It’s ironic that many closet misogynists will also speak in public about the damage colonization has done to our people. They will present eloquent, passionate speeches about how colonization was responsible for the murder of our ancestors, the continued imprisonment of Indigenous people and the abuse our people suffered in boarding schools. Yet, these same closet misogynistic men will continuously point out what they think a woman is doing wrong, especially in the work place. Their misogynistic psyche also criticizes everything women do.

Misogyny is prevalent in Indian country. While most of us look outside ourselves to solve problems, the key to overcoming misogyny begins at home. Our tribal programs, tribal councils and tribal schools can also take steps to overcome the misogynistic mindset of our males.

As parents and grandparents, it is up to us to instill values into our boys. Today, many of our small children, teenagers and young adults are running amuck with zero guidance and no sense of spirituality. We are responsible for teaching our young Lakota people how to behave.

Please help your children understand the sacredness of women. Don’t let the misogynistic mentality poison the minds of our male relatives.

 

Vi Waln (Sicangu Lakota) is an award-winning Journalist. She can be reached through email viwaln@gmail.com

Peyote Exemption Will Remain in Place

March 5, 2019

Vi Waln, Sicangu Scribe

The Rosebud Sioux Tribe has no intent to change Title Five of the Law and Order Code exempting possession, transport or ingestion of peyote as a crime for bona fide members of the Native American Church.

Our medicine people fought hard to guarantee our freedom to attend our sacred Native American Church (NAC) ceremonies where peyote is considered a sacrament. There are many Lakota-Dakota-Nakota people, as well as citizens of several other federally recognized tribes, who attend NAC ceremonies where peyote is ingested. Our right to harvest, possess and pray with the sacred medicine known as peyote is protected by tribal, state and federal laws.

Recently, a rumor was started by some unscrupulous individual regarding criminal law surrounding the use of peyote. There are several families on Rosebud who attend NAC ceremony on a regular basis. The gossip prompted a phone call from NAC officials to the Rosebud Sioux Tribe’s Attorney General’s office.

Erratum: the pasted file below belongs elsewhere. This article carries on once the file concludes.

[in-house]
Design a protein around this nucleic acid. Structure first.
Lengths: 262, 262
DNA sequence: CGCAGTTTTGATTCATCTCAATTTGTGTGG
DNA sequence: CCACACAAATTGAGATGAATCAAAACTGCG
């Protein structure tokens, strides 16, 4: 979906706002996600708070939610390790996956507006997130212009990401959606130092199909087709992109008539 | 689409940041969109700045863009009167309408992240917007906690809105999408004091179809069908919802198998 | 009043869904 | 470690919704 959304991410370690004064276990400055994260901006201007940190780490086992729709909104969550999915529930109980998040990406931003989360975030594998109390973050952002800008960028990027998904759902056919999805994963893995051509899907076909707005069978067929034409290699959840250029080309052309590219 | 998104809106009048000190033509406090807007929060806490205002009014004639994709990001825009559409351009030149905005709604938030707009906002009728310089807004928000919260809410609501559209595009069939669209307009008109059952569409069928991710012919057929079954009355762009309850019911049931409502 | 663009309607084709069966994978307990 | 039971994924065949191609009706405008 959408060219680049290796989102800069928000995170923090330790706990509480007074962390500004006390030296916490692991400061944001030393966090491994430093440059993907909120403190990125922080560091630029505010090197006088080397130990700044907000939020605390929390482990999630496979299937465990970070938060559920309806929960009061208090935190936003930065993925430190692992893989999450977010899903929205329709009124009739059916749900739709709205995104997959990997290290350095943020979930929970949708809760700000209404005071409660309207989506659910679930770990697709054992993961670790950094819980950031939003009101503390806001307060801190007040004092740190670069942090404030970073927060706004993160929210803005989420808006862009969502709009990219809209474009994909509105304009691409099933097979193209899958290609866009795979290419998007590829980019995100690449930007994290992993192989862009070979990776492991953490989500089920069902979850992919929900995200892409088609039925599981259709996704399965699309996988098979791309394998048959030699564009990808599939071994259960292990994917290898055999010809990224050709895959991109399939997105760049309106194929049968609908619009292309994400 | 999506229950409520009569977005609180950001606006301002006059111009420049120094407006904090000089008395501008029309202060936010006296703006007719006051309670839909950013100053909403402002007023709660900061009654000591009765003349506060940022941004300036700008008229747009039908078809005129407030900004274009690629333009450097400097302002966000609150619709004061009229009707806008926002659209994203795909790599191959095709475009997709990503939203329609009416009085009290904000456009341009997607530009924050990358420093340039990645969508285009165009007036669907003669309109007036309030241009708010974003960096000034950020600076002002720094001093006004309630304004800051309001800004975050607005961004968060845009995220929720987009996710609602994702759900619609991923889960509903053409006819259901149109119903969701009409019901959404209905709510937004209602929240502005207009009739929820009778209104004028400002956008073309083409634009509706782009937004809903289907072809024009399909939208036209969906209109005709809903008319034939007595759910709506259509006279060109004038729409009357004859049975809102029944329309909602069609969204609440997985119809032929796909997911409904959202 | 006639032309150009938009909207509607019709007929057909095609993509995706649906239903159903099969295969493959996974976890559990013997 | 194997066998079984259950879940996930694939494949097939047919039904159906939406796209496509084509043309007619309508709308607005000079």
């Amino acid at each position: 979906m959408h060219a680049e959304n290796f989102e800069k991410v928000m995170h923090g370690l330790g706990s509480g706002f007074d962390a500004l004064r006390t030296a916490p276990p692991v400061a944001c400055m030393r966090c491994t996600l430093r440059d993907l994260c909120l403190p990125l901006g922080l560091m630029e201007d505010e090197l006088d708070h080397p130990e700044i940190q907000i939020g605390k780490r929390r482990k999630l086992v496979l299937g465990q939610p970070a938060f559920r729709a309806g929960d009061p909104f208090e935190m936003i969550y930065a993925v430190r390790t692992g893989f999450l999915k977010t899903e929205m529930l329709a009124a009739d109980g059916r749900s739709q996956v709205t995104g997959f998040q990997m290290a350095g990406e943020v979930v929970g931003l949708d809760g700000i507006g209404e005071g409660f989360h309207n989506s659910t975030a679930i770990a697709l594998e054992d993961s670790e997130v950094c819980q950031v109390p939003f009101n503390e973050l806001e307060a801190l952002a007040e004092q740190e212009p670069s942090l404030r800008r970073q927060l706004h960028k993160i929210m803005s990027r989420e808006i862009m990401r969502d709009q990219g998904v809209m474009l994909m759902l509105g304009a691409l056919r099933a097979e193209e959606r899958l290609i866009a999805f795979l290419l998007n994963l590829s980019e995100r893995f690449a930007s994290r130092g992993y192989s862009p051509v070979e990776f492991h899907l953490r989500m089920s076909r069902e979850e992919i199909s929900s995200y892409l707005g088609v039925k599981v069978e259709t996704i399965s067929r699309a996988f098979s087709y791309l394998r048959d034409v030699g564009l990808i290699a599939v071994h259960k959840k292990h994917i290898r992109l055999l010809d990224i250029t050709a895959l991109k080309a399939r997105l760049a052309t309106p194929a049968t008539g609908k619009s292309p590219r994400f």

“I have never supported or suggested that the Rosebud Sioux Tribe make the use of Peyote illegal as it pertains the ceremonies our people practice,” stated Janet Routzen, an attorney employed in the Rosebud Sioux Tribal Court system. “It is true I am working on our criminal code, but I fully support ceremonies and practices that our people use to pray and keep the culture. I do not make decisions about the laws, I am only the coordinator for those who do make those decisions, which is the Rosebud Sioux Tribal Council.”

Currently, the Rosebud Sioux Tribe’s Law and Order Code includes a clearly defined exemption for NAC members who ingest peyote. Title 5, Chapter 28, Section 12 (5-28-12) provides for a peyote exemption for tribal citizens. It reads “PEYOTE EXEMPTION. The provisions of this Act relating to the possession and distribution of peyote shall not apply to the use of peyote by members of the Native American Church in bona fide religious ceremonies of the church.” (page 98)

In addition, the American Indian Religious Freedom Act (AIRFA) Amendments of 1994 were established to protect members of federally recognized Indian tribes who attend Native American Church (NAC) ceremonies and ingest peyote. The AIRFA also allows members of federally recognized tribes to obtain permits to buy, possess, and transport peyote for use in bona fide ceremonies.

According to Wikipedia, Section 2 of the Act speaks to the “Traditional Indian Religious Use of the Peyote Sacrament,” and reads in part: (c) For purposes of this section – (1) the term ‘Indian’ means a member of an Indian tribe; (2) the term ‘Indian tribe’ means any tribe, band, nation, pueblo, or other organized group or community of Indians. . .(3) the term ‘Indian religion’ means any religion – (A) which is practiced by Indians, and (B) the origin and interpretation of which is from within a traditional Indian culture or community; and (4) the term ‘State’ means any State of the United States, and any political subdivision thereof.”

The statute expressly and exclusively provides an exemption to federal and state drug laws for members of federally recognized Indian tribes who use peyote in traditional Indian religious practices.